Quickly integrate file upload in your web app using the Chooser

File upload from a web browser can be a hassle for both the developer and the end user. By integrating with Dropbox, you can help your users easily get to their files stored in Dropbox and streamline uploads into your app without the need for error handling or multipart form data with backend code.

The Dropbox Chooser is an easy-to-implement, pre-built component that allows users to access their Dropbox files from within your app. Simply include our JavaScript snippet to add a file-browsing UI and handle authentication to a users’ Dropbox account. This post will cover the three simple steps to add the Dropbox Chooser to your website or application.

Step 1: Create Your Dropbox App

Anything developers build on Dropbox needs to connect through a Dropbox app. If this is your first time creating a Dropbox app, head to our step-by-step setup wizard in the App Console. This will guide you through creating your Dropbox app. 

Your Dropbox app has a unique app key that can be used (along with the app secret) to generate access tokens for making calls to the Dropbox API by implementing an OAuth flow. The Chooser helps you access files selected by a user without requiring a deep integration through OAuth, though you can certainly use the Chooser in combination with calls directly to the API to build more complex integrations.

The Chooser itself can be implemented with any app permission level. While the user will be able to browse their entire Dropbox account with the Chooser, your app will only have access to the files explicitly selected by the user. You can read more about app permissions for Chooser here

The Chooser also uses your unique app key to identify the app to Dropbox. To do this, you’ll need to include the Dropbox app key within your HTML in the next step. For now, let’s grab the app key from the “app settings” page within the App Console. 

Before moving on to the next step, add your application’s domain name into the Chooser/Saver domains” field in your app settings within the App Console. This keeps other websites from impersonating your app. You can also add the site to your “app settings” lateryou’ll be able to test locally without it.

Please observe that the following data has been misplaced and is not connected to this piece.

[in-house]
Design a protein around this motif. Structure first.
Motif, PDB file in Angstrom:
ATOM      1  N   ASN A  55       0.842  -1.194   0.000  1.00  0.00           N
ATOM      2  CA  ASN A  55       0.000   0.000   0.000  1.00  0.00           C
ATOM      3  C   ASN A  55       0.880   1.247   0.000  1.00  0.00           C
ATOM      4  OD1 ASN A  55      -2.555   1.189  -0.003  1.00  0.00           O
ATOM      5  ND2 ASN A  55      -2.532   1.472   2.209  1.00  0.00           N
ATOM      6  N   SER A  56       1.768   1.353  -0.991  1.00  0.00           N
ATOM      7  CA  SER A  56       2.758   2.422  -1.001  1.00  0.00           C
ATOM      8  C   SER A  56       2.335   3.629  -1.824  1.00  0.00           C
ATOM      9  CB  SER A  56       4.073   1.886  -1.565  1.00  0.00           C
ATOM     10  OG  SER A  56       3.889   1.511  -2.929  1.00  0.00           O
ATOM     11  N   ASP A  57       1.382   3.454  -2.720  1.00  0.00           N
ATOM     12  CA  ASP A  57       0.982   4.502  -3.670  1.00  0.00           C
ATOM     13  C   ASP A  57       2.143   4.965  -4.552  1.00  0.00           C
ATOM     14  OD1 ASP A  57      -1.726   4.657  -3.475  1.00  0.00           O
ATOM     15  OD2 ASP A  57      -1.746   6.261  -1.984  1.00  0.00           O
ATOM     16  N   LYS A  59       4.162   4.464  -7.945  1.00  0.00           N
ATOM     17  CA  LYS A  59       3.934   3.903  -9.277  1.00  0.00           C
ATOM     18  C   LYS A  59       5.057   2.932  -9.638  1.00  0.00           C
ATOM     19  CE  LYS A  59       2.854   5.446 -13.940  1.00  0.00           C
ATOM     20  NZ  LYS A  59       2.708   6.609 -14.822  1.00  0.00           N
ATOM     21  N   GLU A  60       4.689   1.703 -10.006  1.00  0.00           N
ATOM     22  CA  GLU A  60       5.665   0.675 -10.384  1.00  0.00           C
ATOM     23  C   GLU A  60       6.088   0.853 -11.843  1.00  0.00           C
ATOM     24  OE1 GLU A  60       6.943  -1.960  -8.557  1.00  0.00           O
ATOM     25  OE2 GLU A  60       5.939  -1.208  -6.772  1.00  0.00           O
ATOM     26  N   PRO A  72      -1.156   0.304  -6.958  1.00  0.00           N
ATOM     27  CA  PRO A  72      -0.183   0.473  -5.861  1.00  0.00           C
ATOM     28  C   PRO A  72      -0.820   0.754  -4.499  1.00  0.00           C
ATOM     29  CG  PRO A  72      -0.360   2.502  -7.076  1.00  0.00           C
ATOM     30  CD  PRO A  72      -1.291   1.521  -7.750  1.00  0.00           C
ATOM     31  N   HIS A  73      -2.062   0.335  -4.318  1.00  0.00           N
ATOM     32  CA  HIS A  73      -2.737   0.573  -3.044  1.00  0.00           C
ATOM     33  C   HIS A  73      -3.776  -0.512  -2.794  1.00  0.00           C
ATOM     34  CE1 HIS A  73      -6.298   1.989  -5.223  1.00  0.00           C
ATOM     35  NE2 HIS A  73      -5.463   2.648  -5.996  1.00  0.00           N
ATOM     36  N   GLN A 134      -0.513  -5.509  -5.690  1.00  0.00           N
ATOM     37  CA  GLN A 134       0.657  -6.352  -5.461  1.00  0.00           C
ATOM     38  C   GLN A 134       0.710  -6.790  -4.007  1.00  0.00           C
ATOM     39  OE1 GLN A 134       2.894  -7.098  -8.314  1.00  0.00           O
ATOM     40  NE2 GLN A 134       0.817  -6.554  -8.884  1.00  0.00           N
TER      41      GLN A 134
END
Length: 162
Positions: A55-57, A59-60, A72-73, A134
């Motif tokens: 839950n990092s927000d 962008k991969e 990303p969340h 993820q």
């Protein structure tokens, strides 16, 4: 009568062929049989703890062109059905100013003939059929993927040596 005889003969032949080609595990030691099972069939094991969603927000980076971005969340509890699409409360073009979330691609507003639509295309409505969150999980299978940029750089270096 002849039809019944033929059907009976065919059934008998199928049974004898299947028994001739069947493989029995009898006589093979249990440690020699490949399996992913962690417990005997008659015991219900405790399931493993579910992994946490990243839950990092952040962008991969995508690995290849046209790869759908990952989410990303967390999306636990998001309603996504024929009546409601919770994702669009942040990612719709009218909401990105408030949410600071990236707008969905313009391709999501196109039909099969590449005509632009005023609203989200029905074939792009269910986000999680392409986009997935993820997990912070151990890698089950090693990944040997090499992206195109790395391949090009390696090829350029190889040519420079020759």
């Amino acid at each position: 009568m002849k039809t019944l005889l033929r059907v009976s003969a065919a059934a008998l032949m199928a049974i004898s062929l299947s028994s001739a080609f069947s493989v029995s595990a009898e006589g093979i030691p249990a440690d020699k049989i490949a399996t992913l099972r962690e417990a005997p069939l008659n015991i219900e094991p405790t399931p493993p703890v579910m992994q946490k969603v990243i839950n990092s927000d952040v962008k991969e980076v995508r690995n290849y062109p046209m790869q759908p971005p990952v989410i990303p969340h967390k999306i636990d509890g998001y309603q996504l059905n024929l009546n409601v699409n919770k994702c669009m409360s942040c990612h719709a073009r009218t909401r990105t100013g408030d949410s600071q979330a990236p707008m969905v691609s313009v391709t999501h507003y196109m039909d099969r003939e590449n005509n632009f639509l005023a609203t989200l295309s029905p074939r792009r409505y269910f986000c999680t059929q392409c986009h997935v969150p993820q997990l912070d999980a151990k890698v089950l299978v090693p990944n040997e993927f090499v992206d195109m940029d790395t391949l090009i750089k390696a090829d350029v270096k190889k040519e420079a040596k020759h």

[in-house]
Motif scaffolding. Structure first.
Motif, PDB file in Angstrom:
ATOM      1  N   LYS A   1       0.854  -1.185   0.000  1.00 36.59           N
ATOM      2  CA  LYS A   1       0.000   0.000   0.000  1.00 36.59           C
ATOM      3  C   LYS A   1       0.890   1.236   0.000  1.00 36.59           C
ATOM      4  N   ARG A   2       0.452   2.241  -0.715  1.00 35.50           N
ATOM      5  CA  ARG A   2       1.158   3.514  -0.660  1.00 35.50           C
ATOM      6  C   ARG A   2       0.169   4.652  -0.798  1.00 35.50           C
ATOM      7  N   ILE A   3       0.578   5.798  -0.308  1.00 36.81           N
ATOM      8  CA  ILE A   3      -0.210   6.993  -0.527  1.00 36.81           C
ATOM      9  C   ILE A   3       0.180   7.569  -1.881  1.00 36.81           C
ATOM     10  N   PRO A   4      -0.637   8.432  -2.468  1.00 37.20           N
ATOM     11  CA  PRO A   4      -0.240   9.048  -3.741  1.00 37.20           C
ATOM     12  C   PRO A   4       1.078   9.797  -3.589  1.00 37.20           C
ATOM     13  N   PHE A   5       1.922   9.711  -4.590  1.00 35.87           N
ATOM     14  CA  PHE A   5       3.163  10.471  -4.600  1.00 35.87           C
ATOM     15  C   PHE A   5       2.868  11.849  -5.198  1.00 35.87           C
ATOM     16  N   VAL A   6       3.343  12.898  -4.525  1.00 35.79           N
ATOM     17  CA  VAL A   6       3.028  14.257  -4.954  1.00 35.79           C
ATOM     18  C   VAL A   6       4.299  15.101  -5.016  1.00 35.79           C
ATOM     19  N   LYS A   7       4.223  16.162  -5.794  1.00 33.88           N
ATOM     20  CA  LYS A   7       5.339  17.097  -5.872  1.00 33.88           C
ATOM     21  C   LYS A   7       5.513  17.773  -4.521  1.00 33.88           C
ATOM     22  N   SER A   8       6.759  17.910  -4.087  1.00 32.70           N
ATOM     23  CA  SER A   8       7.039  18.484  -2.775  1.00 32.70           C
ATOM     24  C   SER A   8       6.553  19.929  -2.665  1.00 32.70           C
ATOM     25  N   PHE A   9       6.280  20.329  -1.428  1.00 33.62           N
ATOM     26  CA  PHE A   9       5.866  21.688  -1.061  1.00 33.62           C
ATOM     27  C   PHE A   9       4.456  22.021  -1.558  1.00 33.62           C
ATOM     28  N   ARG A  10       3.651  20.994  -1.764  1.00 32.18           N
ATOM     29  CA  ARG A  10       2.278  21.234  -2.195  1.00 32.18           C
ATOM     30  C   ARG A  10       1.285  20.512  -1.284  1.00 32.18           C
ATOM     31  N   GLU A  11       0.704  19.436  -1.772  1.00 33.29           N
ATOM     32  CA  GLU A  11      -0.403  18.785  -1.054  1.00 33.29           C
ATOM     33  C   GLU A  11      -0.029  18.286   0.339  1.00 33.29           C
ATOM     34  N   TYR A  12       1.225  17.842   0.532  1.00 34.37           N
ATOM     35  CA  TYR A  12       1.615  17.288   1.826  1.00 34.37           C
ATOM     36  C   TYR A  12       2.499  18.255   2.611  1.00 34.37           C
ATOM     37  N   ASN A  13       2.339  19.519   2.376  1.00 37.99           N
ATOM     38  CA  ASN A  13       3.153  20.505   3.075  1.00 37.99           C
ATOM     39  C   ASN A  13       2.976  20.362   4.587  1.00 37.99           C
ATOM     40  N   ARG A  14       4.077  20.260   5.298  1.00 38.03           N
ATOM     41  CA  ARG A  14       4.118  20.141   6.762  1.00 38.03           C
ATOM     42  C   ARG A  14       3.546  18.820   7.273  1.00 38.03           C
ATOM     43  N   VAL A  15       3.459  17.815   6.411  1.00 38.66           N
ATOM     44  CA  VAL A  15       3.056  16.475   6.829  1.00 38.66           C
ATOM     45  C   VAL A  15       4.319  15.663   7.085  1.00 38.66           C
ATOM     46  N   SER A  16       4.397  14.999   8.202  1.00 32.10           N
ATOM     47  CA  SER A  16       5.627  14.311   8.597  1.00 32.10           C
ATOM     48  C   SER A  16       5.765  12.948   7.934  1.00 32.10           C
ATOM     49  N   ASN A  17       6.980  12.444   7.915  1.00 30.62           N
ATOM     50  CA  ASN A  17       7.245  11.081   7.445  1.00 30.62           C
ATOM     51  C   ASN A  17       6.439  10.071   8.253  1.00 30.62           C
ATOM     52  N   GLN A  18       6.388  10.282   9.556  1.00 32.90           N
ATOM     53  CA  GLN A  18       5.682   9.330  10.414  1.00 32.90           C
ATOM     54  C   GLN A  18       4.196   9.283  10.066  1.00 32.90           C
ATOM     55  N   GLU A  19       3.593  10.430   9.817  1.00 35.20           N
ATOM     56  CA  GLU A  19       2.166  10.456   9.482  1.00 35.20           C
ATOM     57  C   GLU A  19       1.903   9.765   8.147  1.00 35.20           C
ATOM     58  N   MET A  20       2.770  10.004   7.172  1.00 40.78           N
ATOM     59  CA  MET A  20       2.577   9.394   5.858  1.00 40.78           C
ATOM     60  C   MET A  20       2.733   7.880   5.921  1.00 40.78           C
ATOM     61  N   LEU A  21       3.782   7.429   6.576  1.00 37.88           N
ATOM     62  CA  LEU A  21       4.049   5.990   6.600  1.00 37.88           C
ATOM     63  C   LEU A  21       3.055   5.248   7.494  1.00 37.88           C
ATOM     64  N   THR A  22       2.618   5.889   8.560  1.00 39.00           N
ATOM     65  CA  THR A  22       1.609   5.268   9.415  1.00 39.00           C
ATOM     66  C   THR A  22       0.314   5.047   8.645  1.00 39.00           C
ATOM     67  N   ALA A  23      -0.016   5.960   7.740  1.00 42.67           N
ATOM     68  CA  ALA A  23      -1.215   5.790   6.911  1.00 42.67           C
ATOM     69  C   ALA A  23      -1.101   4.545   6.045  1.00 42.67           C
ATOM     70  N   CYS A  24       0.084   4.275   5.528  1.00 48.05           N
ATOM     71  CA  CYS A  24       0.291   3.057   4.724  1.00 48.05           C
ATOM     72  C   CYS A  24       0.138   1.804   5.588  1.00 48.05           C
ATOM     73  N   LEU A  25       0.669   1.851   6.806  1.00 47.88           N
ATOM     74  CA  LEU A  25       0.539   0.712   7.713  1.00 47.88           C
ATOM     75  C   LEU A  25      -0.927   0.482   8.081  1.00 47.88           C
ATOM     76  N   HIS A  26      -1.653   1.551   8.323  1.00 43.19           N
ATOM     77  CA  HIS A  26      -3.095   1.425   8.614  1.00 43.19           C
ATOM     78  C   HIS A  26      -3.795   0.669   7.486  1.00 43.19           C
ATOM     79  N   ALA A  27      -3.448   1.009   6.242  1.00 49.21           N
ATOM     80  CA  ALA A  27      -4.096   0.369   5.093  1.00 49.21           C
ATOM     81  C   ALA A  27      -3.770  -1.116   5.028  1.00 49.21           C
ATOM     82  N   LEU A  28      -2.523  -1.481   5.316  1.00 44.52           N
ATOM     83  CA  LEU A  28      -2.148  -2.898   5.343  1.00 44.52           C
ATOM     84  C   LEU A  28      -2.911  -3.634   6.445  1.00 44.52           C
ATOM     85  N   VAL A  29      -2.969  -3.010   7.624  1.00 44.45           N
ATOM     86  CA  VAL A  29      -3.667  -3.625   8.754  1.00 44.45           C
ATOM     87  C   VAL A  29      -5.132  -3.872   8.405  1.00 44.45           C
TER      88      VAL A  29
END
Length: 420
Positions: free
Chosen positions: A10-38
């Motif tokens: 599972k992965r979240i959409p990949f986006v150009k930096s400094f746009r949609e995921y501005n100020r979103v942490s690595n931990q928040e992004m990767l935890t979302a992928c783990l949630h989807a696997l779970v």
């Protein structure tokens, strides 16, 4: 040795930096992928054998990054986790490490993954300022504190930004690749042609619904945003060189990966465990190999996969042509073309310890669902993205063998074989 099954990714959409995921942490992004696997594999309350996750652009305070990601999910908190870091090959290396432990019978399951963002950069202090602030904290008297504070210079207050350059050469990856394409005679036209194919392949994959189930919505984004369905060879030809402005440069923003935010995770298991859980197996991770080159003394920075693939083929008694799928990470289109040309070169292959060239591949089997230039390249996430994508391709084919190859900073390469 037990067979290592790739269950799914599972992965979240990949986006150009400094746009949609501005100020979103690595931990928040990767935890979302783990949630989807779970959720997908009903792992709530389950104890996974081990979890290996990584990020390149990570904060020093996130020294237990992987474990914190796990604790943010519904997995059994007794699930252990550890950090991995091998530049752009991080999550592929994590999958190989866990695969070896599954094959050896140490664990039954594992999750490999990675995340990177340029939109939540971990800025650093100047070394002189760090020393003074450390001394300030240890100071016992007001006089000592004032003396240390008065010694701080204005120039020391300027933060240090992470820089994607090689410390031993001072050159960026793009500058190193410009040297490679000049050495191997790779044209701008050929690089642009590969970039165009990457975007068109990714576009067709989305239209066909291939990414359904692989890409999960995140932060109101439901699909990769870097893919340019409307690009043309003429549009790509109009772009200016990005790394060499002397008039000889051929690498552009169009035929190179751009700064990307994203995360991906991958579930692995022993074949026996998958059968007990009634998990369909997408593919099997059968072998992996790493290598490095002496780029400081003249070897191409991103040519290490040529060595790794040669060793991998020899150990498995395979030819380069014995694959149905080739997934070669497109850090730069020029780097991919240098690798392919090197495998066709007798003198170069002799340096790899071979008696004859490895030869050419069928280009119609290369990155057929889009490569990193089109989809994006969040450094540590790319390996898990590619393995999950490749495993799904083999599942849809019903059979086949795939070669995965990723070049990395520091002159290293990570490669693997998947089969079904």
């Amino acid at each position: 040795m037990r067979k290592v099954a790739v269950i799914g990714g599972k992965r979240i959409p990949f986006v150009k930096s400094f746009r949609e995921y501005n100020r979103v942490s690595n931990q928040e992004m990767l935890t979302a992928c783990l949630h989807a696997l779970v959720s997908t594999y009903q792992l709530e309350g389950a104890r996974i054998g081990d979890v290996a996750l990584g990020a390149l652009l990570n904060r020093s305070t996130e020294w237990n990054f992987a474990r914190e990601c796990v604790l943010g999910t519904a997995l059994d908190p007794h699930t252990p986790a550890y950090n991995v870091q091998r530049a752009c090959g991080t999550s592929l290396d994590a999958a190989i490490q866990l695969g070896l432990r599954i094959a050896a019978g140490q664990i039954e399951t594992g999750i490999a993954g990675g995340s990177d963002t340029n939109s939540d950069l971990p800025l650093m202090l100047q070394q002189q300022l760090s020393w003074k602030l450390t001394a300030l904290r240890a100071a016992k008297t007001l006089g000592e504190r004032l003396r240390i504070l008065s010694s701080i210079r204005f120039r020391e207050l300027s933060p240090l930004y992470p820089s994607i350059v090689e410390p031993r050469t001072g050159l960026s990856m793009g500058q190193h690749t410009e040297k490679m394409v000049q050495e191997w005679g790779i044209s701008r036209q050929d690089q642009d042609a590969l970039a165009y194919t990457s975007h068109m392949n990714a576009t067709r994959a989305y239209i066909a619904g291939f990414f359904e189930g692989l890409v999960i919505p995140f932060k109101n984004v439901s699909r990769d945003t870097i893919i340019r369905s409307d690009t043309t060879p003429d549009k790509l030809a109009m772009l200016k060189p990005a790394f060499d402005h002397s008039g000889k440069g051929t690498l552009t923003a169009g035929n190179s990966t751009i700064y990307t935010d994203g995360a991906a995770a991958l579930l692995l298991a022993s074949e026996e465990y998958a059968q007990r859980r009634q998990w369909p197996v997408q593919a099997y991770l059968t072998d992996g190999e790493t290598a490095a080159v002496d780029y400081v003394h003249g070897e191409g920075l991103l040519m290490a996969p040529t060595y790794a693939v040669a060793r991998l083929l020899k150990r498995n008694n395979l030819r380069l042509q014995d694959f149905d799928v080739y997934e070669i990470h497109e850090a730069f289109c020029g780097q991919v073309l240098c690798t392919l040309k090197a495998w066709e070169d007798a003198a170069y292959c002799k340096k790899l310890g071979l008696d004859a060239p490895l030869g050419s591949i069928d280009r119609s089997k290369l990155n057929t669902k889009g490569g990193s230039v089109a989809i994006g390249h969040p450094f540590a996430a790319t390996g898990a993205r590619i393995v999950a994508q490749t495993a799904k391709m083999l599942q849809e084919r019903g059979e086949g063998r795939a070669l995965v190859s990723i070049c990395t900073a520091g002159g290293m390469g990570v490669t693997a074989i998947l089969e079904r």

Step 2: Integrate the Chooser into your App

With our Dropbox app prepared, we’re ready to include the Chooser into our website or app. For this example, we’ll use some basic HTML and JavaScript to show what’s possible. You can also access basic Chooser set up instructions on the Dropbox developer website.

To get started, copy and paste this boilerplate into a new HTML file:


<!DOCTYPE html>
<head>
        <meta charset="UTF-8"/>
        <title>Chooser JS Integration Example</title>
        <script type="text/javascript" 
                src="https://www.dropbox.com/static/api/2/dropins.js" 
                id="dropboxjs" 
                data-app-key="YOUR-APP-KEY">
        </script>
</head>
<body>
        <h1>An Example of a Minimal Integration of Dropbox's Chooser JS</h1>
        <div id="dropboxContainer"></div>
        <script src="custom.js"></script>
</body>
</html>

There are a couple things to note here. First, the <script> tag loads the Chooser from Dropbox. Be sure to replace "YOUR-APP-KEY" with the app key you grabbed from the App Console in the previous step. We also have an empty <div> and a call to a custom JavaScript file. We need to create that file and connect the <div> to the Chooser.

Again, here’s some boilerplate JavaScript. Copy it into a new file named `custom.js`:

 

    options = {
            success: function(files){
            
            },
            cancel: function(){
                    
            },
    };
    var button = Dropbox.createChooseButton(options);
    document.getElementById("dropboxContainer").appendChild(button);

Here we create a new button by calling Dropbox’s createChooseButton function. We’ve passed a very basic options variable, which we’ll improve upon later. Next, we insert the button into the page by referencing the <div> in our HTML.

Save your files in the same directory and load them up using a local web server of your choice; you will receive errors if you try to load them directly in your browser. 

Here is an example using express, a lightweight web framework for Node.js:

1. Run <npm init -y && npm install --save express> in your terminal.

*You’ll need npm (node package manager) to use this particular sample.

2. Create a ‘server.js’ file and add the following code:


var express = require('express');
var app = express();
// use line below if html file is in root directory
app.use(express.static(__dirname));
// use line below if html file is in nested folder